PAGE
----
OBSERVER Staff Report
ALBANY Senator Catharine Young, who has been fighting to save the NRG plant in Dunkirk, said "significant progress" has been made through passage of a Senate bill.
Legislation that would preserve local PILOT payments and keep the NRG plant operating while boosting low-cost power allocation for economic growth has cleared the state Senate, Young announced Thursday.
The measure, sponsored by Young, is a statewide solution to transition existing power plants to cleaner energy. It requires the New York Power Authority to conduct an analysis and recommend three-year purchase power agreements with electricity generators.
The purchased energy would supplement the state's ReCharge NY program, which is designed to retain and create jobs through allocations of low-cost power to employers.
"Our initiative would save jobs and protect the community. NRG is the biggest taxpayer in Chautauqua County. The school, city, and county depend on having this plant operated and it would be devastating if this power plant were forced to go out of business," Young said.
The proposed repowering of NRG Dunkirk would create the need for up to 500 new jobs during construction and retain jobs after the plant is commissioned.
"Assemblyman Andrew Goodell has been a strong supporter of efforts to resolve the NRG situation," Young said.
"Negotiations have been occurring between the Senate, Governor Cuomo's office, and the Assembly. Passage of these bills put forth solutions and advance the discussion even further," she added.
"I still am optimistic we will reach a final resolution to help the people of Dunkirk and the county. For me, it's full-steam ahead," Senator Young said.
On March 14, NRG filed a mothballing notice with the Public Service Commission (PSC), meaning that the commission had 180 days to decide whether a shutdown of Dunkirk's four generating units would create a local energy shortage. Mothballing takes generating units out of service, but allows them to be refired within a three-year period. The end result of this process could initiate a permanent shutdown of the plant.
NRG Dunkirk generates $40 million annually in wages, tax revenues and locally-procured goods and services for the area. It has more than 150 of the highest paying jobs in the region. Earlier this spring, Young introduced stand-alone legislation that recommended the New York Power Authority (NYPA) enter into a three-year purchase power agreement with power plants in Western New York.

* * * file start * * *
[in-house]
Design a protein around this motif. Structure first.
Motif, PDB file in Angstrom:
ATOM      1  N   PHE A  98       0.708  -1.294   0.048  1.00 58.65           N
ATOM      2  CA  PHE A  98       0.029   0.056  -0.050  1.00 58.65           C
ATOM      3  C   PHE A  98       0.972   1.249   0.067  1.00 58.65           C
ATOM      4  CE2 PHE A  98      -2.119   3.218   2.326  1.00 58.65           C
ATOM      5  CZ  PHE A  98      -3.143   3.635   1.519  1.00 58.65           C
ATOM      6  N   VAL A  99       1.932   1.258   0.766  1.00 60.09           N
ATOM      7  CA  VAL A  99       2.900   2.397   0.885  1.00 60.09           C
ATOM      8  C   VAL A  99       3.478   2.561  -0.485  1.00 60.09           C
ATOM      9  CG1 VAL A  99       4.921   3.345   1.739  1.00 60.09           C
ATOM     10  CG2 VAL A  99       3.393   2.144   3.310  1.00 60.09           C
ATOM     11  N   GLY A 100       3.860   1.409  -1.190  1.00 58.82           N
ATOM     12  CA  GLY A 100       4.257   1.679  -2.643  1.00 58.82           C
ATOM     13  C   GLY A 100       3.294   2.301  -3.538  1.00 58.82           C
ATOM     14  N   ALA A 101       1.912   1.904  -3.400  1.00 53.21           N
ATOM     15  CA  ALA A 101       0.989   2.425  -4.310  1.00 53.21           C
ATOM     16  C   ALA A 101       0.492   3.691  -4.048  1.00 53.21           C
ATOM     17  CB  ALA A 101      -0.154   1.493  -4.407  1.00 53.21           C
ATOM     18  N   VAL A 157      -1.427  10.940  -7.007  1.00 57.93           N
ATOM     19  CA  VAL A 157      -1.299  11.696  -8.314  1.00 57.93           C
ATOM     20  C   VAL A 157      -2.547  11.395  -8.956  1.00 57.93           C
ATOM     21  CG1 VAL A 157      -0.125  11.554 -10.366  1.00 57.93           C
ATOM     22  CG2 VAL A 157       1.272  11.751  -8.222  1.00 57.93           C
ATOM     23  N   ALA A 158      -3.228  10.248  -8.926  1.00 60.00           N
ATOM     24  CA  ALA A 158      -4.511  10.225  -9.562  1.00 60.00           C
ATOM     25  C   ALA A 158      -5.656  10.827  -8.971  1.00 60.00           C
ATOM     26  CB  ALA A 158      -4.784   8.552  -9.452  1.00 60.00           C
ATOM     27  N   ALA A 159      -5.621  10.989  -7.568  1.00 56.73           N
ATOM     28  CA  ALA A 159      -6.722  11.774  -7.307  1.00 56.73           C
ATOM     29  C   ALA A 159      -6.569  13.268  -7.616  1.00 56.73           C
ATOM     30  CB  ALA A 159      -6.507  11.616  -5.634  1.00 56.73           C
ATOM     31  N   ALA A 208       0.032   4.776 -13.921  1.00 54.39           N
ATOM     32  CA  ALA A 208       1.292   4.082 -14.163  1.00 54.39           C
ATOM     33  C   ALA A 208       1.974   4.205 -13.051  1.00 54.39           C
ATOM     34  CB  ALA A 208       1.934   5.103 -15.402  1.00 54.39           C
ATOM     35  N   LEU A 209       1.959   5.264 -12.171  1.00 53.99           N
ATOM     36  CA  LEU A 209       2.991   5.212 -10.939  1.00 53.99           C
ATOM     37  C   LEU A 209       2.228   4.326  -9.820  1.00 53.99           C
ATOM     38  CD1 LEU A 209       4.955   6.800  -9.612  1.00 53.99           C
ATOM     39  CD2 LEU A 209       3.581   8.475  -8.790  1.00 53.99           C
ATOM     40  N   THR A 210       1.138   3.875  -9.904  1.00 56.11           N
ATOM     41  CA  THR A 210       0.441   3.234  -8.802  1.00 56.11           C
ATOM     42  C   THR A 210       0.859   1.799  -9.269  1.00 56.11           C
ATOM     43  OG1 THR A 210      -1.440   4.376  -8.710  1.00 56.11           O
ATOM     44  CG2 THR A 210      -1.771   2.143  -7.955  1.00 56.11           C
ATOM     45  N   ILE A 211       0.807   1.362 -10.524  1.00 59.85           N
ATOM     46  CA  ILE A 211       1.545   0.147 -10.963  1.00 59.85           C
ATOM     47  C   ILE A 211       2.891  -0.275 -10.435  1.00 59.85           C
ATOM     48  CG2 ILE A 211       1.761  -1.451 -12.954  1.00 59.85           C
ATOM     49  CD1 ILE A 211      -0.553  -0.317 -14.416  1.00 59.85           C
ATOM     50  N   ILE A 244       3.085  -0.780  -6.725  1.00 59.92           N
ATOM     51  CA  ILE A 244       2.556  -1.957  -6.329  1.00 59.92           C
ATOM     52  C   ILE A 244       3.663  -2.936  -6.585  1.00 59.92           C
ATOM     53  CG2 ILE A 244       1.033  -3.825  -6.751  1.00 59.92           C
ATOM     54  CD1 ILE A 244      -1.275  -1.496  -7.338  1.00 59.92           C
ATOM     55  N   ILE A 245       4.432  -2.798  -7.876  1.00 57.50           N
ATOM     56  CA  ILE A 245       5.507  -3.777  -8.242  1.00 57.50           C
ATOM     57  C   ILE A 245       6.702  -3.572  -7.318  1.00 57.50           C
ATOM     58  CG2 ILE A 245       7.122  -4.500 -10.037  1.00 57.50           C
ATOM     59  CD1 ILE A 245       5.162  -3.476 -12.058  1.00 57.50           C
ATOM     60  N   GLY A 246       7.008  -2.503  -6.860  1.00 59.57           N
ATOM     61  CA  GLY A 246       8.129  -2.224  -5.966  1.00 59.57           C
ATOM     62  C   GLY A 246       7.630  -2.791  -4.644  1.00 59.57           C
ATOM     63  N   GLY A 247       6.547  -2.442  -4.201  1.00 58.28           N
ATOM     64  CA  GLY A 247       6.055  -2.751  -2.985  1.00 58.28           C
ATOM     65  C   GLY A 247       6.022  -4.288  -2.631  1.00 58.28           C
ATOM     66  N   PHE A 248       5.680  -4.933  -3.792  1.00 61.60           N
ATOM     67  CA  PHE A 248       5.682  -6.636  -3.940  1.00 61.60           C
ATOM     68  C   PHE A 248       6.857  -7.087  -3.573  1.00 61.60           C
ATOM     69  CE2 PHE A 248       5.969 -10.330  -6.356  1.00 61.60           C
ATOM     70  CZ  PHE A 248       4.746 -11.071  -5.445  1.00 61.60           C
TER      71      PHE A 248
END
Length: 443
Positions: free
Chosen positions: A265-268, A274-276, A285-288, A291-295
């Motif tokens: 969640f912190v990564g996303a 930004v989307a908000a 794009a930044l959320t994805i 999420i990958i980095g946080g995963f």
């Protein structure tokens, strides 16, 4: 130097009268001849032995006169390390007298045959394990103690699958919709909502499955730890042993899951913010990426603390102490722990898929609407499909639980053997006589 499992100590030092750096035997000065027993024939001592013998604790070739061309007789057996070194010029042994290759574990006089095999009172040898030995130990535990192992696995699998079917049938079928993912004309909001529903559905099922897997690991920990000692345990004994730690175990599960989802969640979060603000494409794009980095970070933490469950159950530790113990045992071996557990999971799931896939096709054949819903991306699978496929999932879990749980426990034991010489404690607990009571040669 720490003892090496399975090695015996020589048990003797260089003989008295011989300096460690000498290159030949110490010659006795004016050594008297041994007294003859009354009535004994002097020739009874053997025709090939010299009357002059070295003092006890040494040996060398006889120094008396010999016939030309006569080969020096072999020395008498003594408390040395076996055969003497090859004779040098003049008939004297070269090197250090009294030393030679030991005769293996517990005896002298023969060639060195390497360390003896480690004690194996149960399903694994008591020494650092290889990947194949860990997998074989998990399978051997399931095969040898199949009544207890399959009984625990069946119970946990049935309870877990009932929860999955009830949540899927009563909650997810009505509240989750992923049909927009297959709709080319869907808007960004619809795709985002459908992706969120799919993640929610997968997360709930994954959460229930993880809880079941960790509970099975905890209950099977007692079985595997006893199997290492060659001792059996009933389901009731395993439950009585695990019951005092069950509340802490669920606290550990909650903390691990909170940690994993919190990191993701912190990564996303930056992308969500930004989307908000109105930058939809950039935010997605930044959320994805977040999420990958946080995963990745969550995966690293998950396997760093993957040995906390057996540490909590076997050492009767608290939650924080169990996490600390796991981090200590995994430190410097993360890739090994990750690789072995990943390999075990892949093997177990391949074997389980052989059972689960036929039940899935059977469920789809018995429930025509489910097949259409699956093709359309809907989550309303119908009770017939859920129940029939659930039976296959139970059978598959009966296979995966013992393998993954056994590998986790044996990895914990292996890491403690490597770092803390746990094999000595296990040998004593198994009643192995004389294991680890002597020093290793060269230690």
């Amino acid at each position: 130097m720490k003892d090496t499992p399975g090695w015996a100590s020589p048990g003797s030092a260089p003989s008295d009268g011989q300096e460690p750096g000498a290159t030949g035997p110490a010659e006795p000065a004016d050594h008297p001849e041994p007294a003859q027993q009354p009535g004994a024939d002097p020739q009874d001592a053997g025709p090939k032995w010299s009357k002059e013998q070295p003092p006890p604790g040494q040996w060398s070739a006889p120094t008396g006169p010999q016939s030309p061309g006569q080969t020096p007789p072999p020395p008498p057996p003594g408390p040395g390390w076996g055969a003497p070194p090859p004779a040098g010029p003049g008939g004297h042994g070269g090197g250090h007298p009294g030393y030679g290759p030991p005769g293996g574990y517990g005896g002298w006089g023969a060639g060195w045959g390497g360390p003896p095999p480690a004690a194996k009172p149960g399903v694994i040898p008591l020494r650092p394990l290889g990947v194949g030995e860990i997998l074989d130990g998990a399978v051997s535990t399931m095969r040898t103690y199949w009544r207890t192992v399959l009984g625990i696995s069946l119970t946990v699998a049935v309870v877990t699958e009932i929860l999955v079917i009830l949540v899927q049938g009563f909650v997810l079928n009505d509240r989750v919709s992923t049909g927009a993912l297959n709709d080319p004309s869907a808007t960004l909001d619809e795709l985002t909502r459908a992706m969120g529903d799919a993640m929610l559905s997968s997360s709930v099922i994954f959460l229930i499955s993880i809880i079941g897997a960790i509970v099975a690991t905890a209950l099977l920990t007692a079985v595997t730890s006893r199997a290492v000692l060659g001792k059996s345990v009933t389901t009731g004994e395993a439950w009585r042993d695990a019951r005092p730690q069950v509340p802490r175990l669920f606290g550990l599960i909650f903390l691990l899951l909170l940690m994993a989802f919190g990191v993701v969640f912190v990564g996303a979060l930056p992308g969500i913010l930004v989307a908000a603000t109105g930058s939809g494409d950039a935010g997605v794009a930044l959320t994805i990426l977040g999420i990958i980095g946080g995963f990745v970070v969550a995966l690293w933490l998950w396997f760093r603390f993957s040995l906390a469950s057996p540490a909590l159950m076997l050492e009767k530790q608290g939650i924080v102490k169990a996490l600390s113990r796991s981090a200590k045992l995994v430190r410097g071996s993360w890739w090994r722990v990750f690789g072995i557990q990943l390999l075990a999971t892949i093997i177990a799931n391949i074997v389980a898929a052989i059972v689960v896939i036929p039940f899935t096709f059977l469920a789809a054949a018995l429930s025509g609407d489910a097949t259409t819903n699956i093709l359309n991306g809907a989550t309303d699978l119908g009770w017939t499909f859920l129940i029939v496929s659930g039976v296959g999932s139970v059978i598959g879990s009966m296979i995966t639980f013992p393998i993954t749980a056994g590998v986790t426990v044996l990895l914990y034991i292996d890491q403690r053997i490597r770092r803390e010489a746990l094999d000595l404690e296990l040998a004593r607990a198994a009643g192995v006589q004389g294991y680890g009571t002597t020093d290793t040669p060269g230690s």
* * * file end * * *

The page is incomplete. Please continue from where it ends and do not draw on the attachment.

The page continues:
The new bill builds on that idea but extends incentives to eligible plants statewide, provided they are repowering using cleaner energy fuels.
"The new bill would use the energy that is purchased from NRG and other eligible power plants in the state to supplement the state's ReCharge NY program that is designed to retain and create jobs through allocations of low cost power to employers," Young said.
"Right now, there is more demand by businesses for the ReCharge NY economic incentive program than can currently be met by the state. Establishing a purchase power contract between power plants in the state and ReCharge NY will open the program up to attract more investment in the state by companies that will be able to use the incentives to create new jobs," Young added.
"Power plants in the state have faced enormous financial challenges. These businesses contribute significantly to the people and economy in their regions. This is crucial legislation that will help grow jobs, promote a clean environment, and revitalize the economy," she noted.
Young also announced two bills, which she co-sponsored, that will create further incentives for aging power plants to repower and continue investments in the state.
Senate bill 7767 provides that the New York State Power Authority (NYPA) will determine the whether companies are eligible for purchase power agreements. The bill also calls for eligible facilities to safely remove existing generators and install new generators by 2017.
Senate bill 6842 authorizes the NYPA to enter into a purchase power agreement between coal plants in Chautauqua and Niagara Counties and the NYPA to use purchased energy provided by the state's ReCharge NY program, which is designed to retain and create jobs through allocations of economic development incentives to employers.
"The bills create much-needed incentives for companies to reinvest in the energy infrastructure of New York," Young said.